It has been widely accepted by most people that dinosaurs died out around 65 million years ago due to a meteor shower. However, a new find means that this idea could be turned on its head and it might be possible that humans and dinosaurs once walked the Earth together not all that long ago. While others may call the notion that dinosaurs and humans were together absurd, it might not be as far from the truth, and many people think.
Triceratops dated to 33,500 years ago
In Dawson County, Montana, a Triceratops brow horn has been discovered and has been controversially dated to around 33,500 years ago, challenging the view that dinosaurs were extinct many millions of years before humans even existed. The Triceratops brow horn was excavated in May 2012 and stored at the Glendive Dinosaur and Fossil Museum until it was ready to be carbon-14 dated at the University of Georgia.
Triceratops, a name that quite simply means “three-horned face”, is a genus of the herbivorous ceratopsid dinosaur that is said to have first appeared during the late Maastrichtian stage of the late Cretaceous period, which was roughly about 68 million years ago in what is now North America, and became extinct in the Cretaceous–Paleogene extinction event about 66 million years ago.
However, scientists from the Paleochronology Group often conduct research relating to the “anomalies of science” and they continuously maintain the opinion that dinosaurs did not die out millions of years ago and that there is substantial evidence that they were still alive as recently as 23,000 years ago, this recent discovery included. This dinosaur horn is it unique though. A number of dinosaur bones have now been carbon-14 dated and they all returned similar results and were dated back thousands of years instead of millions as once previously thought.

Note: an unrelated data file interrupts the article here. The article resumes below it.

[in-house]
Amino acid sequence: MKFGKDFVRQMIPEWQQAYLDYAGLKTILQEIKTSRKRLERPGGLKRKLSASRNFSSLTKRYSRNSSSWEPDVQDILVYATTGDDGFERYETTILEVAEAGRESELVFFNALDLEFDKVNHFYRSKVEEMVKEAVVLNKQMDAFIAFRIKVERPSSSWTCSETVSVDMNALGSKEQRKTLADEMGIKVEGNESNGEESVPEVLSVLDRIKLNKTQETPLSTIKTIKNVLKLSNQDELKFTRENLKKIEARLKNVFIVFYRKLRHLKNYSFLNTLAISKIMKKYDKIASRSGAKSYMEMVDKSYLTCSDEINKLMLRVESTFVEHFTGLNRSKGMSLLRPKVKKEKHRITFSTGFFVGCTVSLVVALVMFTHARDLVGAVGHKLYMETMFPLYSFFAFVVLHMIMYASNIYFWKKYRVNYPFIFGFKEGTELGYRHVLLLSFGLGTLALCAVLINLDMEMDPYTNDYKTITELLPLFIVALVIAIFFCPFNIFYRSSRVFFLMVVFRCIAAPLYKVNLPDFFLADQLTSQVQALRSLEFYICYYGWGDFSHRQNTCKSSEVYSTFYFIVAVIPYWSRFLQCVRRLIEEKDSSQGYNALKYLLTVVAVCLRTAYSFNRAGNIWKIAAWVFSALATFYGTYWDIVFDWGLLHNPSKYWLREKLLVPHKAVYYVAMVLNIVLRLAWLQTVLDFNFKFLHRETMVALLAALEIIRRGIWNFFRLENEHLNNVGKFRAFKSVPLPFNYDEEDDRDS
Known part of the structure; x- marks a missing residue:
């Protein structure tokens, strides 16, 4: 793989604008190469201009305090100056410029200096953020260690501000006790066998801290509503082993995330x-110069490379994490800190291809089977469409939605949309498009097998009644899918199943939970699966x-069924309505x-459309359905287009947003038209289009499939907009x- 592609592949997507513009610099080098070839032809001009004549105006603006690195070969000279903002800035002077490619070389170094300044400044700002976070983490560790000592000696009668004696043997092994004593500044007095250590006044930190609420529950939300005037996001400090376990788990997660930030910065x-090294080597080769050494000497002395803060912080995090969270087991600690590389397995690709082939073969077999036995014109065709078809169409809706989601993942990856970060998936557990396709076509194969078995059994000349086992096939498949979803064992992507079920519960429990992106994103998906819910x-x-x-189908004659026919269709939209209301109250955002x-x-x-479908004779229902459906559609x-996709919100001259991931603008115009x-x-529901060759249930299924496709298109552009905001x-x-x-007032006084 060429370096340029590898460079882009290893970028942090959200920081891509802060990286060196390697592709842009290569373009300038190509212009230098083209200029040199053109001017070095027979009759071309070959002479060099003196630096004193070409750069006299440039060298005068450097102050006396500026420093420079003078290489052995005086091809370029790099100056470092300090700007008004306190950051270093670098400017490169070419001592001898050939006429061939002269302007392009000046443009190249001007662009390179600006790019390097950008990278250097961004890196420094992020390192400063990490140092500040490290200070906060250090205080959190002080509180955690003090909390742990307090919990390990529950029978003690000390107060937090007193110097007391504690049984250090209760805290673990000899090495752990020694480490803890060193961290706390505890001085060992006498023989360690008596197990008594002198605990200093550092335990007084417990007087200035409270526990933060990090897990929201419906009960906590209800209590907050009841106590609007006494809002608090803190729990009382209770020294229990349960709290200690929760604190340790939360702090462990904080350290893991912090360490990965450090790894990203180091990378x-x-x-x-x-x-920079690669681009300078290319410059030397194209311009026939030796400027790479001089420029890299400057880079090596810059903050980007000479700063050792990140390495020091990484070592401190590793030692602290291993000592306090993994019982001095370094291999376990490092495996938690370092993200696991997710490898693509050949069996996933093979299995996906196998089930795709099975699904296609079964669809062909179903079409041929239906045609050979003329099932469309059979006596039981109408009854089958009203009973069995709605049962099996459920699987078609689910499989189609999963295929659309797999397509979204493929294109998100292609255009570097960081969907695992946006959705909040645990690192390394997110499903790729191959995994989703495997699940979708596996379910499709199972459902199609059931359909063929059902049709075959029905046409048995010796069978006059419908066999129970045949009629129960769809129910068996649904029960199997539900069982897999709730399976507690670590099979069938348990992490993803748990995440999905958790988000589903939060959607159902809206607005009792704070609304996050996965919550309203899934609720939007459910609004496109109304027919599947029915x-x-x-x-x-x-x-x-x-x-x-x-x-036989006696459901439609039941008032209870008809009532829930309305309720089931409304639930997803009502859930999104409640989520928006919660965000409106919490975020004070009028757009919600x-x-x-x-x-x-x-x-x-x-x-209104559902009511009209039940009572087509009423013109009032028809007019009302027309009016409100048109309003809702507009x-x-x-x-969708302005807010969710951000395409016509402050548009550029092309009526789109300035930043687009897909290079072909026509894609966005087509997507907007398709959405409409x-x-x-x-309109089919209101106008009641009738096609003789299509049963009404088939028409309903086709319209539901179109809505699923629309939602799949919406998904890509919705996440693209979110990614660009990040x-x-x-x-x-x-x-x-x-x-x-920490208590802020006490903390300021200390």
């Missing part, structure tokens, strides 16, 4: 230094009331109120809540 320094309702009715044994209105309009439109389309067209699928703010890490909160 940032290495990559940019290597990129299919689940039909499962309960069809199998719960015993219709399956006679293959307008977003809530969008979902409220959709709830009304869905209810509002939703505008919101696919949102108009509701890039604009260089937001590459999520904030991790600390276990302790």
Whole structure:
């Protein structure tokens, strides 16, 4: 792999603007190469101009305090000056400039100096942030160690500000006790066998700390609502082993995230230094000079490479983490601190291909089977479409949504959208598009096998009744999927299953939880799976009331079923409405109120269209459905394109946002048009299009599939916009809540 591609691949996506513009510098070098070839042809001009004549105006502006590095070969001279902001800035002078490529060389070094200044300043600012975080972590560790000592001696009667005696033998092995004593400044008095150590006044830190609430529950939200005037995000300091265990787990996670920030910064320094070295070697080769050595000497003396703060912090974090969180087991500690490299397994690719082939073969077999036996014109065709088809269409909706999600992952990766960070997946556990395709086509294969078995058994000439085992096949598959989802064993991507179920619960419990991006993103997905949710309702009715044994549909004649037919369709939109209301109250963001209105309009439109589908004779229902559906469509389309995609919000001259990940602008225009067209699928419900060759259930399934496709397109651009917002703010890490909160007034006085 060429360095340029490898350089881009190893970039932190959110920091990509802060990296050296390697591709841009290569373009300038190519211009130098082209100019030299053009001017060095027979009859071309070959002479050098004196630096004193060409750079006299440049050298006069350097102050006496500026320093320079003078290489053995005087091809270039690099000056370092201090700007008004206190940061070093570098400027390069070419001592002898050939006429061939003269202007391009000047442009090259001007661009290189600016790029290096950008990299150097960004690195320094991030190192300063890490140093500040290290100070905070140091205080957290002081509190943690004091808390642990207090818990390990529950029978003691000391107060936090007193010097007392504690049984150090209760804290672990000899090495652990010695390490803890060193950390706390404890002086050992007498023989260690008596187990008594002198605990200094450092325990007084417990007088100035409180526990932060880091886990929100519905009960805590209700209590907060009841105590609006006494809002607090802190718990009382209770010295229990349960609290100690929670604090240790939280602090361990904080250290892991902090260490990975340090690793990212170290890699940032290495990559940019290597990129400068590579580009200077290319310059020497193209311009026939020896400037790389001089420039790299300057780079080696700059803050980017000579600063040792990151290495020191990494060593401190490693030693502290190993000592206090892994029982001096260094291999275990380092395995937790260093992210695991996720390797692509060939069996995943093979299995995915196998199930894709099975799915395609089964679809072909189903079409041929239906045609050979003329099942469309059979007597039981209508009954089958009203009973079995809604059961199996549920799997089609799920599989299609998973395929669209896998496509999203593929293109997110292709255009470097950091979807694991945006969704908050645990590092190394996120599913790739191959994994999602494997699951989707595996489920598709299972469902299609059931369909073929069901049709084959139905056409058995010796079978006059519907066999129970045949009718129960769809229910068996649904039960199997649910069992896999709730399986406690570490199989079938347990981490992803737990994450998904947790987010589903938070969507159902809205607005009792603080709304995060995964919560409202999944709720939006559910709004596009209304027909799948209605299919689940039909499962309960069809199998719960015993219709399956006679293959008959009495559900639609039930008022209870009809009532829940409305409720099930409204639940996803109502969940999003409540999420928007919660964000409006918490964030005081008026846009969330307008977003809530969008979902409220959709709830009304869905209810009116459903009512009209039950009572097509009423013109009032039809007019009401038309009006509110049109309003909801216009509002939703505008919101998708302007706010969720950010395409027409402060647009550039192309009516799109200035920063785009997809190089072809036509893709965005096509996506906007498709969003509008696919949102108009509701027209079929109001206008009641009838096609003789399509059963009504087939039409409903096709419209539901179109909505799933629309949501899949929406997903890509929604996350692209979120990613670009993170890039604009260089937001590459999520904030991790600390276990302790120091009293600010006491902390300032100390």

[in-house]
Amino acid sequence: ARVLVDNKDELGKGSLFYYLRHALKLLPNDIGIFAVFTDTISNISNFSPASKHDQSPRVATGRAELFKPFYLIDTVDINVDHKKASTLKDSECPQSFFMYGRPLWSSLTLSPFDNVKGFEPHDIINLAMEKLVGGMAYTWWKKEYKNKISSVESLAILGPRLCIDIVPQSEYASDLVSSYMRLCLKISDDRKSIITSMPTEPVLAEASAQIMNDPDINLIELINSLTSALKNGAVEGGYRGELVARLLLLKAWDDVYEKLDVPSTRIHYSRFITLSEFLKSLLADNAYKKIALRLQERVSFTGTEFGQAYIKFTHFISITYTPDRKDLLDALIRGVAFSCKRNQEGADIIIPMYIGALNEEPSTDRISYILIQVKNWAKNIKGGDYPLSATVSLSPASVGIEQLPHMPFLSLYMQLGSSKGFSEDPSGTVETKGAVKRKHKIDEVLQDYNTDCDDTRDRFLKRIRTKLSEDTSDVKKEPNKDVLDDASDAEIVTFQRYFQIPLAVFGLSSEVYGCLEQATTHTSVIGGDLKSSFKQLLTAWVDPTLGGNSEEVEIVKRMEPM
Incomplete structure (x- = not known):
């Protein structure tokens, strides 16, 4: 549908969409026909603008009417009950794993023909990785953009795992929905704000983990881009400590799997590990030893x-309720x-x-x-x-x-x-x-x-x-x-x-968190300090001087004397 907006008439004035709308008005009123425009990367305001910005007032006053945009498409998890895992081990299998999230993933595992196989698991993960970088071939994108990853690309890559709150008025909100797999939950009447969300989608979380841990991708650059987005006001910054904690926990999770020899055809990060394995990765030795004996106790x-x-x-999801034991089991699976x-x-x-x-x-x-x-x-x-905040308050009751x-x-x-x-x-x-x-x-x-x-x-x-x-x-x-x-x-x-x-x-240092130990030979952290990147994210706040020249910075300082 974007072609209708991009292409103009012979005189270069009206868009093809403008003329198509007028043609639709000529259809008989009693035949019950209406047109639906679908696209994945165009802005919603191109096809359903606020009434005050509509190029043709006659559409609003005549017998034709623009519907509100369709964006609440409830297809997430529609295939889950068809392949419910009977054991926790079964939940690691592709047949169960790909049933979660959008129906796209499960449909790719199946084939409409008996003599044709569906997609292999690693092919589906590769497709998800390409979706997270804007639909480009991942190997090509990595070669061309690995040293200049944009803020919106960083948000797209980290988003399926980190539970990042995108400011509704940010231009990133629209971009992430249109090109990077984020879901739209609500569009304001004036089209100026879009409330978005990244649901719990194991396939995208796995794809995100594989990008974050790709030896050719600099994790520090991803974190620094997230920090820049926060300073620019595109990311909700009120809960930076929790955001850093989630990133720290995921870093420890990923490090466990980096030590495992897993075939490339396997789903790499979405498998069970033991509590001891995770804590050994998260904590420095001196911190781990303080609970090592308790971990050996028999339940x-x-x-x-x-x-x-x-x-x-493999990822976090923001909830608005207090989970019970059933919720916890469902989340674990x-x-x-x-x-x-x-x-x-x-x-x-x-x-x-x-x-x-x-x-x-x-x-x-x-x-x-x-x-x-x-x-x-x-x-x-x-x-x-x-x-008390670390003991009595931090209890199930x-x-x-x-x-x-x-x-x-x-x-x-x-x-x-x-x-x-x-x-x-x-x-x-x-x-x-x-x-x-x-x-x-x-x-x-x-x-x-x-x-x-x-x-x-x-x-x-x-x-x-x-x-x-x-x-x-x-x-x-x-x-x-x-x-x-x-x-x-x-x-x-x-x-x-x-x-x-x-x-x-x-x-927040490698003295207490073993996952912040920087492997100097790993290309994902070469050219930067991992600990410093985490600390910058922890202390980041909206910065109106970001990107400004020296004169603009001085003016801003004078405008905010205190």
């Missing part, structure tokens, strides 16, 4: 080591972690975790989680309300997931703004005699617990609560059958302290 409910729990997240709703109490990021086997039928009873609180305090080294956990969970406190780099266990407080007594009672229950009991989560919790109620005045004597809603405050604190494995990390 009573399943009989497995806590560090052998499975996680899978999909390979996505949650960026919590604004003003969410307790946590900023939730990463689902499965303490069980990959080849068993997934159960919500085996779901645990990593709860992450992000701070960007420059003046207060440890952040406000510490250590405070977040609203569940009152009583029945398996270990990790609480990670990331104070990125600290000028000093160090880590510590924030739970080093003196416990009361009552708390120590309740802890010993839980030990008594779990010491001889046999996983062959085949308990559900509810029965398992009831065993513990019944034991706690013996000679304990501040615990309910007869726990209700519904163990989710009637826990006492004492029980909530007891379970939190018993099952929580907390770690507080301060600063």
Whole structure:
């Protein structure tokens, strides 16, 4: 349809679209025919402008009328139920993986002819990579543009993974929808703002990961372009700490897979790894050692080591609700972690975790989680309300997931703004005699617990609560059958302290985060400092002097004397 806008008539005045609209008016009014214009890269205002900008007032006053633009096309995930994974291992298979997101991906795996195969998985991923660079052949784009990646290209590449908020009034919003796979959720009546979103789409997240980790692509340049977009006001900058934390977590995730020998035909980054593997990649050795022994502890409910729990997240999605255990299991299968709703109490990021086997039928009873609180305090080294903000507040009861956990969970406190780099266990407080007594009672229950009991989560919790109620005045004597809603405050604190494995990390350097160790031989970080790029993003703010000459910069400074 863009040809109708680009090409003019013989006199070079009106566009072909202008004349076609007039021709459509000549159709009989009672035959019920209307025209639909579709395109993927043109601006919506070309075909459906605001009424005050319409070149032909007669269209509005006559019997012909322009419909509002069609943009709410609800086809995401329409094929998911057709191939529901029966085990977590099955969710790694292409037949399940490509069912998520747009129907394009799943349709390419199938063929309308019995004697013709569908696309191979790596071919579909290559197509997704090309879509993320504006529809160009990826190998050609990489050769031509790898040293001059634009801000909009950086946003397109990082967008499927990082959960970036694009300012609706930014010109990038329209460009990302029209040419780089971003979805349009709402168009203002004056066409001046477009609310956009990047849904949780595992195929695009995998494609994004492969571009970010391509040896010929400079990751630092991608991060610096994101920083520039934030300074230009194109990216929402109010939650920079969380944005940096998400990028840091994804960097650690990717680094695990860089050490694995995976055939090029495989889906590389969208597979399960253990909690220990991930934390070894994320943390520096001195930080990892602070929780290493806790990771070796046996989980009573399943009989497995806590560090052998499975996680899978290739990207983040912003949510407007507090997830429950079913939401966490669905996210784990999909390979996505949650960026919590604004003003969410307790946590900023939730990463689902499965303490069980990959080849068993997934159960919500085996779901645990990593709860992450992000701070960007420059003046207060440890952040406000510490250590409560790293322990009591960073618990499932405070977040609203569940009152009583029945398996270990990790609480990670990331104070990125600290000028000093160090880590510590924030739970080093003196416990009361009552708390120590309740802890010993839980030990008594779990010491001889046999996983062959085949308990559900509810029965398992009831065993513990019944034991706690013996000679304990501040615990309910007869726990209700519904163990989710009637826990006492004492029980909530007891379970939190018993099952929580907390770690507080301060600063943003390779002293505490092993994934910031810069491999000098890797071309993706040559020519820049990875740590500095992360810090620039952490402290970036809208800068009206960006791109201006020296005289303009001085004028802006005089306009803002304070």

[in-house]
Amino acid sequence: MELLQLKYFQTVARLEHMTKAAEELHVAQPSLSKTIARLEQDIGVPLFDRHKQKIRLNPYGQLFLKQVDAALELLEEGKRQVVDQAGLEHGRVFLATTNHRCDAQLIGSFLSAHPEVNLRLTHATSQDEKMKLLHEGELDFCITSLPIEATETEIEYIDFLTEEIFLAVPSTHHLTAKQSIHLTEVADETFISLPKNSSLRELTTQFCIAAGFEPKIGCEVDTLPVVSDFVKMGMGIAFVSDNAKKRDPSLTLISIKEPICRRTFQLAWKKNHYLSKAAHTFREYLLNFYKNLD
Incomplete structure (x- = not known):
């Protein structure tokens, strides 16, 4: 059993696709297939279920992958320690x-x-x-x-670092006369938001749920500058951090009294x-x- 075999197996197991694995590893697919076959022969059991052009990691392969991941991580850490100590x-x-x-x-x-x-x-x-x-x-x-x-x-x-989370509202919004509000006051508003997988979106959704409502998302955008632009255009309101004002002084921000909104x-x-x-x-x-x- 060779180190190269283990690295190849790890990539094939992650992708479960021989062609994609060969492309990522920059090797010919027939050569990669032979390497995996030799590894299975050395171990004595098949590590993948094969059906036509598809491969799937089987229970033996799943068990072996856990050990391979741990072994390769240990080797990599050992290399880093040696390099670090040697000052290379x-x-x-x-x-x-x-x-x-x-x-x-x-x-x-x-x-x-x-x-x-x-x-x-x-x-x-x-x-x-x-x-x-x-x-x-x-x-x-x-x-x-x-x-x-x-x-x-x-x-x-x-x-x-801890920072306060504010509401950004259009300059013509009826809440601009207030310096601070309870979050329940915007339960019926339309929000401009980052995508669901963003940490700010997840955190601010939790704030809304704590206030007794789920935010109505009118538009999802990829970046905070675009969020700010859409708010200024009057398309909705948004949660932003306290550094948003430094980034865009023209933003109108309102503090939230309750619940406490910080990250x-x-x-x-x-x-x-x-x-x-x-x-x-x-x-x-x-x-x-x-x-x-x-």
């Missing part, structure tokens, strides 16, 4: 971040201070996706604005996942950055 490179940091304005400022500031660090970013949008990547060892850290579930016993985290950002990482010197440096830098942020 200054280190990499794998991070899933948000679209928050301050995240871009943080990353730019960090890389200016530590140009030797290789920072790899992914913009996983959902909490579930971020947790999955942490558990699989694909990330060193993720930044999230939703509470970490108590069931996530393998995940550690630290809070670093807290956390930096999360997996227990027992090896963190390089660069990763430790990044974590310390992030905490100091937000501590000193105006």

After the bone pieces were sent to Georgia to be dated, the sample was divided at the lab into two fractions with the “bulk” or collagen break down products yielding an age of 33,570 ± 120 years and the carbonate fraction of bone, bioapatite, yielding an age of 41,010 ± 220 years. Until recently, Carbon-14 dating was never used to test dinosaur bones, as the analysis is only reliable up to 55,000 years. Scientists never considered it worthwhile to run the test given that it is generally believed that dinosaurs have been extinct for 65 million years. Paleontologists were not just neglecting to test the bones for C-14 content though; they were outright refusing to do it. Something which has now been proven to not be a waste of time and may actually be quite useful.
The most common and mainstream view that paleontologists and geologists have is that the dinosaurs lived from 220 million and 65 million years ago, during the Mesozoic Era. They also believe that Homo sapiens, the earliest form of human beings, did not appear until about 200,000 years ago which was in the Middle Pleistocene, Middle Paleolithic (Eurasia), or Middle Stone Age (Africa).
However, along with the dating of the bones, there is other evidence that has led people to believe in Young Earth Creationism and they have pointed towards ancient artwork, such as the “dinosaur” carved at Angkor Wat, and the Acámbaro figures which even depicts human riding creatures similar to that of dinosaurs. Most people agree that this artwork was produced at a time before modern science had even begun to piece together dinosaur fossils and conduct analysis to gain insight into the way that dinosaurs might have looked. The video below explains a little bit about the carbon dating that has been discussed above.
This is a very exciting prospect as something many have believed in for a very long time may turn out not to be true at all. While it is possible that an error was made or the samples were contaminated, the scientists involved took some measures to prevent this, and it is highly likely that similar results will be replicated in the future when more bones are tested. Failing to investigate significant findings like this would be scientifically criminal and would show that some researchers are more interested in holding on to the current perspectives rather than advancing knowledge about the world around us and what it used to be like.